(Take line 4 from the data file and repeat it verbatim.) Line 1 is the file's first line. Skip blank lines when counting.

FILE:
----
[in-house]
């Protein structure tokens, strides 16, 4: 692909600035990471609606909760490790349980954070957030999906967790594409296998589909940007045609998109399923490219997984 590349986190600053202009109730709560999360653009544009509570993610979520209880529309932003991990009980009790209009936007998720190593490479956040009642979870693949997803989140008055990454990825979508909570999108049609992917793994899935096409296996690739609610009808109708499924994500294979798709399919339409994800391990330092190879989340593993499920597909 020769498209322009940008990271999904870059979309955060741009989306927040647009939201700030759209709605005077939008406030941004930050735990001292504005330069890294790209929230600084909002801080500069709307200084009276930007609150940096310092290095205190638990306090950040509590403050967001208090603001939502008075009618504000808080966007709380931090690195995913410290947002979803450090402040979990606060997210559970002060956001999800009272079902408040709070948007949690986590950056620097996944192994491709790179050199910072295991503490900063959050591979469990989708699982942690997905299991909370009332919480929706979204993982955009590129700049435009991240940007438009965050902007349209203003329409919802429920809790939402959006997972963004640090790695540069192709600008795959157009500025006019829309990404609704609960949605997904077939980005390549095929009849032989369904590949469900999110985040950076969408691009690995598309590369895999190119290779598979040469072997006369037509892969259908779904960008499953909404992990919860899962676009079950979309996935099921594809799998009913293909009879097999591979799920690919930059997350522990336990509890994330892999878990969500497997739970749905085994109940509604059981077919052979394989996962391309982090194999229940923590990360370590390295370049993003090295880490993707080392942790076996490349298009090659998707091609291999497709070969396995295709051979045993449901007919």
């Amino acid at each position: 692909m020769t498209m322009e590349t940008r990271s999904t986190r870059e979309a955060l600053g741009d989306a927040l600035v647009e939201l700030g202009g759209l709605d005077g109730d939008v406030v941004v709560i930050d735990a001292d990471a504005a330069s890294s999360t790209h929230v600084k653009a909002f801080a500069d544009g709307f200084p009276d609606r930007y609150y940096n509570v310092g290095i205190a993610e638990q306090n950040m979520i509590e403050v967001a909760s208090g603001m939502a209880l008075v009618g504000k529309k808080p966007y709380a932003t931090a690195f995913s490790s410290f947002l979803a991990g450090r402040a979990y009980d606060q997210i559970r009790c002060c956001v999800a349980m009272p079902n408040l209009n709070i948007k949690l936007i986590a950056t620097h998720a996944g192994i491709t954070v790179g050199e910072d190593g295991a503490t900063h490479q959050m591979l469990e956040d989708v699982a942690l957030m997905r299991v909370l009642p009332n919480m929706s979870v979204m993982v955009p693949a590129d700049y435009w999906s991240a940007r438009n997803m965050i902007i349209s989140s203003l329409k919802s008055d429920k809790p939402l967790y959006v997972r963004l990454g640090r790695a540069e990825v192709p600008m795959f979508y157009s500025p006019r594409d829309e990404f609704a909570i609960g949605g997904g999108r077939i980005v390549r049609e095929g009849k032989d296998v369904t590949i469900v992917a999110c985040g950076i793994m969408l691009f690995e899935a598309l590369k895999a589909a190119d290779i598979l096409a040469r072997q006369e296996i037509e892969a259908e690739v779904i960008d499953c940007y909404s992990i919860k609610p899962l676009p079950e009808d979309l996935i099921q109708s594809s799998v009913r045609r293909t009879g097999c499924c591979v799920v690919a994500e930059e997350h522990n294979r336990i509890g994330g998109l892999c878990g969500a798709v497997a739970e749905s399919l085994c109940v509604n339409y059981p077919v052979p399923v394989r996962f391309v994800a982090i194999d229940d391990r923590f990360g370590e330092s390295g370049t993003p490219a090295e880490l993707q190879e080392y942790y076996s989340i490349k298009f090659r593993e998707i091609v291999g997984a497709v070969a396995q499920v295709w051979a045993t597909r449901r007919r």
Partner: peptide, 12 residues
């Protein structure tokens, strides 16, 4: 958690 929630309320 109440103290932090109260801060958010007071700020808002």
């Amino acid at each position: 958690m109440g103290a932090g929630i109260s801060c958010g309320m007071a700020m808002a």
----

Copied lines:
Partner: peptide, 12 residues